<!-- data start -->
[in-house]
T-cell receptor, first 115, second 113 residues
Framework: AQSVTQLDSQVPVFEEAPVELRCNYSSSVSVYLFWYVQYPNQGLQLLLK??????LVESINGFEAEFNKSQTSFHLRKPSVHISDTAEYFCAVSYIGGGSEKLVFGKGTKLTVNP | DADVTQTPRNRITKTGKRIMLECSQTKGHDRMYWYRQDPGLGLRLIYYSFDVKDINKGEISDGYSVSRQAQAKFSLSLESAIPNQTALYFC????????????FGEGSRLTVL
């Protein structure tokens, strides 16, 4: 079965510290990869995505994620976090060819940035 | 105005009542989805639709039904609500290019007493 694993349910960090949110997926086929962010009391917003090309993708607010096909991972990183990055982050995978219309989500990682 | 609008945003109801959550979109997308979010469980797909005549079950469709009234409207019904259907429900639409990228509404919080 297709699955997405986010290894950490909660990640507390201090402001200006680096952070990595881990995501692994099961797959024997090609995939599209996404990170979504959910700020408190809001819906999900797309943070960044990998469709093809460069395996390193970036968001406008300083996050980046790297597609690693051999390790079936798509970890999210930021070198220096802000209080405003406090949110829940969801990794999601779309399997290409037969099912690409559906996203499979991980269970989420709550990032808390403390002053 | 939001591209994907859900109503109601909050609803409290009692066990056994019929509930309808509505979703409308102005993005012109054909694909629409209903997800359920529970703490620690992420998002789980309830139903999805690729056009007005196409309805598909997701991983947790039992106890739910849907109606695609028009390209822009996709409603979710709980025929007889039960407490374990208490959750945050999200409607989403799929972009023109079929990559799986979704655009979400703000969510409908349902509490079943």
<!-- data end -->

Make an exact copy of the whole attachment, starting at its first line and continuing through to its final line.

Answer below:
[in-house]
T-cell receptor, first 115, second 113 residues
Framework: AQSVTQLDSQVPVFEEAPVELRCNYSSSVSVYLFWYVQYPNQGLQLLLK??????LVESINGFEAEFNKSQTSFHLRKPSVHISDTAEYFCAVSYIGGGSEKLVFGKGTKLTVNP | DADVTQTPRNRITKTGKRIMLECSQTKGHDRMYWYRQDPGLGLRLIYYSFDVKDINKGEISDGYSVSRQAQAKFSLSLESAIPNQTALYFC????????????FGEGSRLTVL
């Protein structure tokens, strides 16, 4: 079965510290990869995505994620976090060819940035 | 105005009542989805639709039904609500290019007493 694993349910960090949110997926086929962010009391917003090309993708607010096909991972990183990055982050995978219309989500990682 | 609008945003109801959550979109997308979010469980797909005549079950469709009234409207019904259907429900639409990228509404919080 297709699955997405986010290894950490909660990640507390201090402001200006680096952070990595881990995501692994099961797959024997090609995939599209996404990170979504959910700020408190809001819906999900797309943070960044990998469709093809460069395996390193970036968001406008300083996050980046790297597609690693051999390790079936798509970890999210930021070198220096802000209080405003406090949110829940969801990794999601779309399997290409037969099912690409559906996203499979991980269970989420709550990032808390403390002053 | 939001591209994907859900109503109601909050609803409290009692066990056994019929509930309808509505979703409308102005993005012109054909694909629409209903997800359920529970703490620690992420998002789980309830139903999805690729056009007005196409309805598909997701991983947790039992106890739910849907109606695609028009390209822009996709409603979710709980025929007889039960407490374990208490959750945050999200409607989403799929972009023109079929990559799986979704655009979400703000969510409908349902509490079943």